The Chevrolet Corvette has won the admiration and respect of American car enthusiasts for more than half a century – thanks to its incredible power and performance in a stylish, charming and distinctive body. It’s not even a surprise that the C8 Corvette was named Hotcars’ Best American Sports Car of the Year. This Chevrolet model stands out on the market today as the longest continuously manufactured passenger car in the world. While Classic Corvettes are highly desirable, especially the original Special Edition cars, most of them are now “off the beaten path” due to their exorbitant auction prices which typically exceed $400,000. But with so many cars built in its history, there’s almost a Corvette to suit every collector’s taste and budget.
Collectors are also in luck that Chevrolet has been recycling specialty Corvette titles like the Z06, ZR1 and Grand Sport, lending great success to later versions. More valuable than standard production cruisers and considering future classics, these new versions can still be purchased at “affordable” prices. However, expect that acquiring them in the not too distant future will require some serious coins due to the increased interest they are receiving. For the dedicated collector, we have listed these 10 cruisers that will soon be of great value.
10 1955 Chevrolet Corvette C1
The Chevrolet Corvette did not emerge as a true competitor in the sports car market until 1955, when Chevrolet switched from a straight-six engine to a V8 (optional). The “V” in the 1955 Corvette’s front fender emblem refers to the compact 265-cubic-inch V8 under the hood.
With 195 horsepower and 260 pound-feet of torque, the ’55 Corvette can go from 0 to 60 mph in 8.7 seconds (a respectable performance for the day). It’s available today for $40K (Hagerty) – a bargain for just 700 Classic units. With no body reviews since 53, this is the first 1950s model worth collecting, apart from the first.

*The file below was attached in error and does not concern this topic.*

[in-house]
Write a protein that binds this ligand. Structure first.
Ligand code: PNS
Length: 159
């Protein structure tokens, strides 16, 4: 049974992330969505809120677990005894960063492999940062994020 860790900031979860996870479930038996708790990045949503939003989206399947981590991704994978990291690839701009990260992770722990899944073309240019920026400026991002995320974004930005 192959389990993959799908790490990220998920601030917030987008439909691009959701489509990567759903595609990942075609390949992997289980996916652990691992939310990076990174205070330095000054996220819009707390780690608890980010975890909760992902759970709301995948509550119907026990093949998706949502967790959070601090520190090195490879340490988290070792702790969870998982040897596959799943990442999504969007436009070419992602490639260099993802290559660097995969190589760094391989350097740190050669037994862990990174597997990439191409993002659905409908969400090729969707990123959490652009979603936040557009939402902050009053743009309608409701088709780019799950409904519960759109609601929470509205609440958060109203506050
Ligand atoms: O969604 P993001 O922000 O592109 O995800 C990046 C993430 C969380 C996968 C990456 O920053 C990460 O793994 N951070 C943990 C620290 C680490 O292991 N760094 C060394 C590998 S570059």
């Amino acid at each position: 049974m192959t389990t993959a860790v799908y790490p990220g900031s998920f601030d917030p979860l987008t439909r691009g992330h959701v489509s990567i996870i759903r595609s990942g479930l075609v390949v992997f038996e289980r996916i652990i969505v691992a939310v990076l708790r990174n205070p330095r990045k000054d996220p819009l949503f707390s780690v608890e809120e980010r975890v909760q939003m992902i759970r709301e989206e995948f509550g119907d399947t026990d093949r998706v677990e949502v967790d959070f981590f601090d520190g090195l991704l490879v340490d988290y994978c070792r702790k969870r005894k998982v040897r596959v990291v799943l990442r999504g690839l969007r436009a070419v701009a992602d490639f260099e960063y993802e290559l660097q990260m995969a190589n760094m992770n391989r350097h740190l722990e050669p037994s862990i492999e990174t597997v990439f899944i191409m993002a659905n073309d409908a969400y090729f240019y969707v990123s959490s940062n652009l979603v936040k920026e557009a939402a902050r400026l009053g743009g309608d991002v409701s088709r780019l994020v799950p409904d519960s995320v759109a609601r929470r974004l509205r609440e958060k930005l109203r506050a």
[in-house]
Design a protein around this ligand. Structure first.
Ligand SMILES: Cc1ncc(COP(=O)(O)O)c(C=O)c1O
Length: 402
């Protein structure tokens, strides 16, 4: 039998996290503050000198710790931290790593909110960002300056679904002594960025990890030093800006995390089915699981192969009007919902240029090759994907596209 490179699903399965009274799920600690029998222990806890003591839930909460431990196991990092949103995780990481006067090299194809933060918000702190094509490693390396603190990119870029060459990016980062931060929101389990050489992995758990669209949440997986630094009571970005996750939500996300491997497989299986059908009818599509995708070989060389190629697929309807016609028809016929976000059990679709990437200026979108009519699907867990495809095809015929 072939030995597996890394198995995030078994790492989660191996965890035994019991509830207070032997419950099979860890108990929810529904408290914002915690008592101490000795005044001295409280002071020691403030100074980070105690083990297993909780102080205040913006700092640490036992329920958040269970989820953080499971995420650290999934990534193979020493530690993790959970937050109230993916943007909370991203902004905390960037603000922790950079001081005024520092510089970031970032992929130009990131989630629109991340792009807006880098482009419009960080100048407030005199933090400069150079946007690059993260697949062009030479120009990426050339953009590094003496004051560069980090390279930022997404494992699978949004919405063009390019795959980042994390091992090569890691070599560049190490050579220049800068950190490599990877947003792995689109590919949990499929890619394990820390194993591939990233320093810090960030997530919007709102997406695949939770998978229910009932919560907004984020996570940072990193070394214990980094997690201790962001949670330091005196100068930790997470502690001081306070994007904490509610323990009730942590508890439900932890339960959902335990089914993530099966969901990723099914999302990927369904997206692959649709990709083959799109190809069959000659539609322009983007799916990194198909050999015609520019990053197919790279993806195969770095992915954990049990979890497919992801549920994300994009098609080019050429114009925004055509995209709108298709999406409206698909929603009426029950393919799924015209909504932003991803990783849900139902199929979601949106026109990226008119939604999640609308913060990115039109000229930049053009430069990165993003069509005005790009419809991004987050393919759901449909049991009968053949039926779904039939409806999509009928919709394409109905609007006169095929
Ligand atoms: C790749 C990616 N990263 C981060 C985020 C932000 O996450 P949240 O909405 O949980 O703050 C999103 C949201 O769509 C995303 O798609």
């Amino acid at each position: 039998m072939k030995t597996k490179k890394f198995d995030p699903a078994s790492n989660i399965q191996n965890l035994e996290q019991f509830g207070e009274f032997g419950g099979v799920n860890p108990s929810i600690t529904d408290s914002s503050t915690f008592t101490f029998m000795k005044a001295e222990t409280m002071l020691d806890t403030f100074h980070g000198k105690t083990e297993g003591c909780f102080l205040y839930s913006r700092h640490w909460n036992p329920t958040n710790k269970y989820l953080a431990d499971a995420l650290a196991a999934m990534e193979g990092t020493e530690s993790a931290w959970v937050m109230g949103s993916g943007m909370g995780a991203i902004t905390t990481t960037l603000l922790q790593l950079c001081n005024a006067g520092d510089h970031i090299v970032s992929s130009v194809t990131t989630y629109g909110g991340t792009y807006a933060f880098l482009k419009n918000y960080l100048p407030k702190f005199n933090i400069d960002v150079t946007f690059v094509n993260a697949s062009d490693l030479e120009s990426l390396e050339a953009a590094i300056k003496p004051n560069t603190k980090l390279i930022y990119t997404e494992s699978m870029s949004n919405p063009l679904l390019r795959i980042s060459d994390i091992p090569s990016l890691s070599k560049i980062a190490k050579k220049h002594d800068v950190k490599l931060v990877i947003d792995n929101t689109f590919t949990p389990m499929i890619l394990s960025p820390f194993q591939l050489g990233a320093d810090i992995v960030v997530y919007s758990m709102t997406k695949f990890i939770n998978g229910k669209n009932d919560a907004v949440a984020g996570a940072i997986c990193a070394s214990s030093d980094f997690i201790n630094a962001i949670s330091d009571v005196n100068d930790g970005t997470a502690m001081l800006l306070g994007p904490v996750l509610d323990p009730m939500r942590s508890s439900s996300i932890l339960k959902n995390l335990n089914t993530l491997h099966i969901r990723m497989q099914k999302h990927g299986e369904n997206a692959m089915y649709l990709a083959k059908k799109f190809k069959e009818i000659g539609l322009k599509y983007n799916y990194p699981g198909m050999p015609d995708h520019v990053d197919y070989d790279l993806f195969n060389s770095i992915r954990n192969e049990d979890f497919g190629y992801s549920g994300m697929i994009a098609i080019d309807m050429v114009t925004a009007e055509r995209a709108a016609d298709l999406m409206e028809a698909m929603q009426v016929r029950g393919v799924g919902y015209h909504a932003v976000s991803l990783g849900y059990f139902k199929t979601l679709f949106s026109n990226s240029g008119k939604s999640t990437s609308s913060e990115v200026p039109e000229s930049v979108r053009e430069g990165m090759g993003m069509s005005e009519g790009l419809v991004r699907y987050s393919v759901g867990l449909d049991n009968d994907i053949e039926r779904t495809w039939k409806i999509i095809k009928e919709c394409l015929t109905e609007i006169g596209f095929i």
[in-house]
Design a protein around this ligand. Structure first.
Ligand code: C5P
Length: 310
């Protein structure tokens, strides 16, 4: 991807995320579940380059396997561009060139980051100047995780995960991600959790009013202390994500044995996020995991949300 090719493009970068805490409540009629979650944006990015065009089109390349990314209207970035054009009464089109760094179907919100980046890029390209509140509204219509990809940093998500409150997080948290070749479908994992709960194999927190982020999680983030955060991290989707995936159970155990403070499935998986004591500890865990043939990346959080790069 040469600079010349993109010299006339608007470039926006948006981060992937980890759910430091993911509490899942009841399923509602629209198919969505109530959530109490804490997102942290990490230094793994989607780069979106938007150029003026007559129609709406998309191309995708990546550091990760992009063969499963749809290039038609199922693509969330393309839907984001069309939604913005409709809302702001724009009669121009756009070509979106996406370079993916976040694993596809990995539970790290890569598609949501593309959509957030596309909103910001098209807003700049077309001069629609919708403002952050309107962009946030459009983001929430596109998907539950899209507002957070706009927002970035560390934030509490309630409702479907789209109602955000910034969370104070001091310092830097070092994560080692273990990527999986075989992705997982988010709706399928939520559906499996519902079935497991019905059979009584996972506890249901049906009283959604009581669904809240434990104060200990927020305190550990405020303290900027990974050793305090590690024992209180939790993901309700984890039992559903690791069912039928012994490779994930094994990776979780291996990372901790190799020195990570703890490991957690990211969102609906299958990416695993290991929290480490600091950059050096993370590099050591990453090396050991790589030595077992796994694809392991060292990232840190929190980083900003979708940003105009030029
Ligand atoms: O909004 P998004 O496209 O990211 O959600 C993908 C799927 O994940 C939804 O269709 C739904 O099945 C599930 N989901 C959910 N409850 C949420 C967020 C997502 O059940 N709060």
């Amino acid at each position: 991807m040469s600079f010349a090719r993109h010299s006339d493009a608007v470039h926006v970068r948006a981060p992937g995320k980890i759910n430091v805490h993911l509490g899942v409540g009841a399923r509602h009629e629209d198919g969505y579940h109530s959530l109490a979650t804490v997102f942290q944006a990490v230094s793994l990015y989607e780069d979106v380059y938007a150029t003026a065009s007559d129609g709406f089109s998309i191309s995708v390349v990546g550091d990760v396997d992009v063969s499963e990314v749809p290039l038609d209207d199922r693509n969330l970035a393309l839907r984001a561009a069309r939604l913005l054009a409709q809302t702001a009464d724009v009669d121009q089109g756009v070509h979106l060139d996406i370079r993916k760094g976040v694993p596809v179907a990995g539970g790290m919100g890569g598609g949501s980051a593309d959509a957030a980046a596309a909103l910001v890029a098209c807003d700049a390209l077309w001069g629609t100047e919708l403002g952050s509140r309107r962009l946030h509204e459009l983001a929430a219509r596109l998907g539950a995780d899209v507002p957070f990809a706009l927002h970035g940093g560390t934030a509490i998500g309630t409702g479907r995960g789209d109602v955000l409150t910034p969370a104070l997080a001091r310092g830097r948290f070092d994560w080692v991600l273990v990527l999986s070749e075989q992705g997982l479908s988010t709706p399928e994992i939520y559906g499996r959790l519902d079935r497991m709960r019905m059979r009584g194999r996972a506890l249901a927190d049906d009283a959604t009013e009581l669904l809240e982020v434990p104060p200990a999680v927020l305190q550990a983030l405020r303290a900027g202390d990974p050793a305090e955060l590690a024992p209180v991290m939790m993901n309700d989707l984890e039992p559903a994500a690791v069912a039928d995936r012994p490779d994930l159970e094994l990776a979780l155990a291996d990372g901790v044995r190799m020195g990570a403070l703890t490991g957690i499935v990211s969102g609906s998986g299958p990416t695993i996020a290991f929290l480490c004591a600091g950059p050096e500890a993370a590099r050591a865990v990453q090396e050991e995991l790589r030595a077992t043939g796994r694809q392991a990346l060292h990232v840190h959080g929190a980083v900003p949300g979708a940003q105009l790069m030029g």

9 1957 Chevrolet Corvette “Folie”
Although the 1957 Corvette is fundamentally unchanged (from the radically redesigned 1956 model), it is specific with significant changes under the hood. The compact V8 grew from 265 to 283 cubic inches, and for the first time, the Corvette was using fuel injection—an expensive and bleeding invention of the 1950s. Only 714 of 1957 cruisers (6,339 units) were installed.
There were two variants of “Fuelie”; The base model made 250 horsepower, while the top-of-the-line “Violi” model produced 290 horsepower. It was the first time an American engine produced 1 hp/cubic inch of displacement and it never misses among collectors’ wise investment lists. Their values have been steadily increasing over the past decade, now fetching over $130,000.
8 1962 Chevrolet Corvette 327/360 “Violi”
For 1962 Corvettes powered by 327 or 360 “Fuelie” engines are more valuable than the standard production models. The 5.3-liter and 5.9-liter displacement engines once again gave buyers the option of fuel injection, turning the charming sports car into a serious performance machine capable of producing up to 360 hp.
The best examples of these classics from the 1960s sell for anywhere from $120,000 to $175,000, indicating that they will soon be “unavailable.”
7 1996 Grand Sport Convertible (LT4)
The 1996 C4 GS was a farewell to the C4 Corvette named after the original Grand Sport (GS) from 1963. It had the LT4 engine, a high-performance version of the LT1 engine from the time that produced an extra 30 horsepower for a total of 330 horsepower. Available only in Admiral Blue with the Arctic White center stripe, the 1996 Limited Grand Sport Racing included 190 cars.
With the GS moniker in use only 4 times (so far) in Corvette’s history, these particular models have found their way onto collectors’ radars. Even as it was listed by CNN Money as one of today’s top 10 value cruisers, expect more recognition.